Touchstone Blog Archive
Thursday, December 27, 2007
  TBS Hits Sac
The third of seven stops for Touchstones Bouldering Series 3 was a big hit for boulderers of all abilities. Boasting over 60 problems ranging from V-0 to V-11, TBS 3 was held at Sacramento Pipeworks on Friday December 14th, with more than 125 people in attendance. Andres, who doubles as Pipeworks head route setter by day, played DJ - keeping energy high and the crowd in the groove. Pictures can be seen in the online gallery.

Results are posted on our competitions page:

Sideshows included a brilliant slack line competition that produced eye-popping tricks, as well as a donut eating contest that made the crowd roar! See you all at Great Western Power Company on January 11th as TBS3 will continue into the new year.

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Monday, December 24, 2007
  Spare Change
Giving to the American Safe Climbing Association

Members at Class 5 have donated over $210 this year in spare change to replace old and dangerous bolts and anchors. Dropping spare change into the plastic bucket near the register really adds up!

The American Safe Climbing Association works to return classic climbing routes to their original danger level by replacing deteriorating old fixed anchors, usually bolts, with modern camouflaged gear.

They have replaced over 4000 old bolts to date in Yosemite and many other areas throughout the U.S., mostly in the western states.

Class 5’s donations will replace from 20 – 40 bolts and anchors. That little bit of extra change will help make climbing a little bit safer. Thanks Class 5 members who have been so generous since every little bit helps.

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Friday, December 21, 2007
  Happy Holidays from Touchstone Climbing
Just a reminder, our gyms will close early on Christmas Eve and be closed Christmas day. The same is true for New Year's Eve and New Year's Day.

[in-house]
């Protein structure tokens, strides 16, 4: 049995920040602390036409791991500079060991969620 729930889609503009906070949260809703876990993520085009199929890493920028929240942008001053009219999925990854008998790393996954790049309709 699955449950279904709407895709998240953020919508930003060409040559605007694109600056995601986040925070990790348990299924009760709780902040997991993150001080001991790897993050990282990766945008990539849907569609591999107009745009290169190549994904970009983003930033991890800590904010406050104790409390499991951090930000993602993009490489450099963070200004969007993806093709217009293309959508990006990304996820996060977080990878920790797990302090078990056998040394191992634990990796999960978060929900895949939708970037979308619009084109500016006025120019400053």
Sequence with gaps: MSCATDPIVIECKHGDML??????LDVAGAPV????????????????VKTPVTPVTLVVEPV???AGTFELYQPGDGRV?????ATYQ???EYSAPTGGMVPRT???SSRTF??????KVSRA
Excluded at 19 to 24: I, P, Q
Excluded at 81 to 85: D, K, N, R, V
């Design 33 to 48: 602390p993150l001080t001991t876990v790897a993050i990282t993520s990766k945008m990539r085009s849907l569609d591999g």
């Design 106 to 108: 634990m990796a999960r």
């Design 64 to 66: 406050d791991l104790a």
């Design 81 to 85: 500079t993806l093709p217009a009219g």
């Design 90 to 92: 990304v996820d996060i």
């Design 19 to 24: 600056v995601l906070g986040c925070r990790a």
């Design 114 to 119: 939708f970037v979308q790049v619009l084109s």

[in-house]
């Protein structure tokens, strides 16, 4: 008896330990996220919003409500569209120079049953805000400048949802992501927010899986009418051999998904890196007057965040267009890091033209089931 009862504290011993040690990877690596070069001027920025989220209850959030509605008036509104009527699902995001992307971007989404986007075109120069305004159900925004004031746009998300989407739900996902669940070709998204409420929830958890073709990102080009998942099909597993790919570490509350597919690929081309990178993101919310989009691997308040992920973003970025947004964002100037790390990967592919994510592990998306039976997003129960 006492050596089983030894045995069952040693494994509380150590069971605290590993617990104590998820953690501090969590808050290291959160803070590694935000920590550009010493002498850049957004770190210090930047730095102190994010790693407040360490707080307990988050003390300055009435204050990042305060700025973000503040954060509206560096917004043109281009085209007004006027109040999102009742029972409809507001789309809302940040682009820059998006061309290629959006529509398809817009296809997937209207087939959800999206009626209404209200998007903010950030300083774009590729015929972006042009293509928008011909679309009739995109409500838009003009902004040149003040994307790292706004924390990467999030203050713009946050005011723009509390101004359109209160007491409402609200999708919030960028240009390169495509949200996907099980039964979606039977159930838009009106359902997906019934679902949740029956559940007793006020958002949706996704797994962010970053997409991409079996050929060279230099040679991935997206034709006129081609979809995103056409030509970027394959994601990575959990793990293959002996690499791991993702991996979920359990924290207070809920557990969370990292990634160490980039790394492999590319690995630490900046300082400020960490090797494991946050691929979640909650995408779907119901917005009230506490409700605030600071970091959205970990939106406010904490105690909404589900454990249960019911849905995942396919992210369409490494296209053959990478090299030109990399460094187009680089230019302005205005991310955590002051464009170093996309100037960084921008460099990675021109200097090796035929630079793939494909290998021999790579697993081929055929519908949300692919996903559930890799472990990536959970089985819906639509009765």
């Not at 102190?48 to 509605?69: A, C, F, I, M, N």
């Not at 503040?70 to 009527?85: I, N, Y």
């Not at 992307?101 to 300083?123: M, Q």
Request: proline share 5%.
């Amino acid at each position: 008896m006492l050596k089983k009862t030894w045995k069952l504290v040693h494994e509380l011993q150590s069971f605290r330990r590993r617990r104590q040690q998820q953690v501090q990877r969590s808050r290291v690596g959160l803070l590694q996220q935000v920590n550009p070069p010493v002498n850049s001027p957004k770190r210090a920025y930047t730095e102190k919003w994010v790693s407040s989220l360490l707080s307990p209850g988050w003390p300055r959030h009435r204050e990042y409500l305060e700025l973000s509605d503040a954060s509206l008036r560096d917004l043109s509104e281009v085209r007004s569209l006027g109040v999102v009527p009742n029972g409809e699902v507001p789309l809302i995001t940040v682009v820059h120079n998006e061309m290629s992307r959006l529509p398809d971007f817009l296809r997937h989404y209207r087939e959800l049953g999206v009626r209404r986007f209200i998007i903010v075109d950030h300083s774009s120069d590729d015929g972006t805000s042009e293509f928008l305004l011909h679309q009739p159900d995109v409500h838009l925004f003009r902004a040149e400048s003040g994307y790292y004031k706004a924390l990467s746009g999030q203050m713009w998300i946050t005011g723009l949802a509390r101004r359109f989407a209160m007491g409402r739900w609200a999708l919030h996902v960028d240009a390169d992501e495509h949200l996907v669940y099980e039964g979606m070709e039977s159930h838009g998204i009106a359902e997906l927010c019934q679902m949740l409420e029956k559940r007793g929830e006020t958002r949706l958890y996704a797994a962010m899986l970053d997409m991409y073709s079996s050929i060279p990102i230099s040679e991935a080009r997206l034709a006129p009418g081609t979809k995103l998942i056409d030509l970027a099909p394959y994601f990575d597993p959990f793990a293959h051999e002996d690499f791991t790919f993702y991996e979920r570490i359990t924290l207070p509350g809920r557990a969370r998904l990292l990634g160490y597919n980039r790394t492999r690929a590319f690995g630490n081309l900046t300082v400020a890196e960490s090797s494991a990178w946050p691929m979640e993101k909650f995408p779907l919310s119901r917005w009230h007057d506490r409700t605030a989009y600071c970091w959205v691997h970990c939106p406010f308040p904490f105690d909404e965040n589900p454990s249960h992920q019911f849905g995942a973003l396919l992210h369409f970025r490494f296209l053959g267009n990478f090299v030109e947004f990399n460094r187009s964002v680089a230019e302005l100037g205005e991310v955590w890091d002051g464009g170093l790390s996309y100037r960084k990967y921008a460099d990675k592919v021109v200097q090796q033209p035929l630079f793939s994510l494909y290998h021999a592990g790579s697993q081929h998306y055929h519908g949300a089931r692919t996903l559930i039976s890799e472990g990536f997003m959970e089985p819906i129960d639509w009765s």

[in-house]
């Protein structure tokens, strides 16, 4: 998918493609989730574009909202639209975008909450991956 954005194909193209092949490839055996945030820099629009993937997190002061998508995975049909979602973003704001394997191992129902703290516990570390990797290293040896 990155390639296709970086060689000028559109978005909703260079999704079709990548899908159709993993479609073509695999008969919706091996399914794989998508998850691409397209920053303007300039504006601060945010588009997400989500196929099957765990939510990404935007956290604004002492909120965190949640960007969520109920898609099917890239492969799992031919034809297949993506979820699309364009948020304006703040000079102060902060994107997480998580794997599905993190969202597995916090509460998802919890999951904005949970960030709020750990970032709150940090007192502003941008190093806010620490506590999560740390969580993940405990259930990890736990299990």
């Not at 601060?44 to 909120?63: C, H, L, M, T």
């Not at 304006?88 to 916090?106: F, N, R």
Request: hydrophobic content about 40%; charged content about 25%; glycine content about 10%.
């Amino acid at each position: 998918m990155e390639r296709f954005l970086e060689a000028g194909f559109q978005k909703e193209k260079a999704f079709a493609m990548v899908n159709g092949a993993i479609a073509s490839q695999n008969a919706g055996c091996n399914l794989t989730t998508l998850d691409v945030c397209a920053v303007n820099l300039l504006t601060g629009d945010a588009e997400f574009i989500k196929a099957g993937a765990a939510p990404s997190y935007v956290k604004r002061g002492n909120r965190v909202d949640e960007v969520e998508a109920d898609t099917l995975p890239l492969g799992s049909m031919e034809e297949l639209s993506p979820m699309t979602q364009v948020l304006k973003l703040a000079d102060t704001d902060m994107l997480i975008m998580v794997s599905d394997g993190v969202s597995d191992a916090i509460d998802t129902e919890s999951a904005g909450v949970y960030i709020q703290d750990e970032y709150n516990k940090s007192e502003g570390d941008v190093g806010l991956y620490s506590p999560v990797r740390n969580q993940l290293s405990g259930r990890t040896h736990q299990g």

Happy Holidays
from everyone at


Thursday, December 20, 2007
Electronic Waste Drive
Touchstone Concord
December 19th –January 2nd

Want to help out the Earth this Holiday season? Drop off your old electronics between now and January 2nd (please view the guidelines below) at Touchstone Concord and receive one FREE guest pass (1 per person). Scrounge around your home and office and clean out that garage of yours to bring in the New Year by helping out the planet.

“TDR Electronic Recycling LLC is a Northern California electronic waste management company and recycles all materials in accordance to government-regulated standards. All the materials we process are logged and tracked starting from the collection point to the end-of-life process. Certified compliant by The California Integrated Waste Management Board under SB 50 for universal waste and CRT collection.

We accept all computer hardware and electronics, including cpu computers, monitors, television sets, networking equipment, personal electronics, industrial equipment, test equipment, wires, stereos, speakers, keyboards, mice, cell phones, home phones, office phones, remote controls, radio equipment, LCD displays, laptops, wires, some metals, personal electronics, VCR, speakers, and more. Computer hardware and electronic equipment is accepted regardless of vintage or working condition. Customer’s privacy is protected; all drives are individually erased and destroyed.”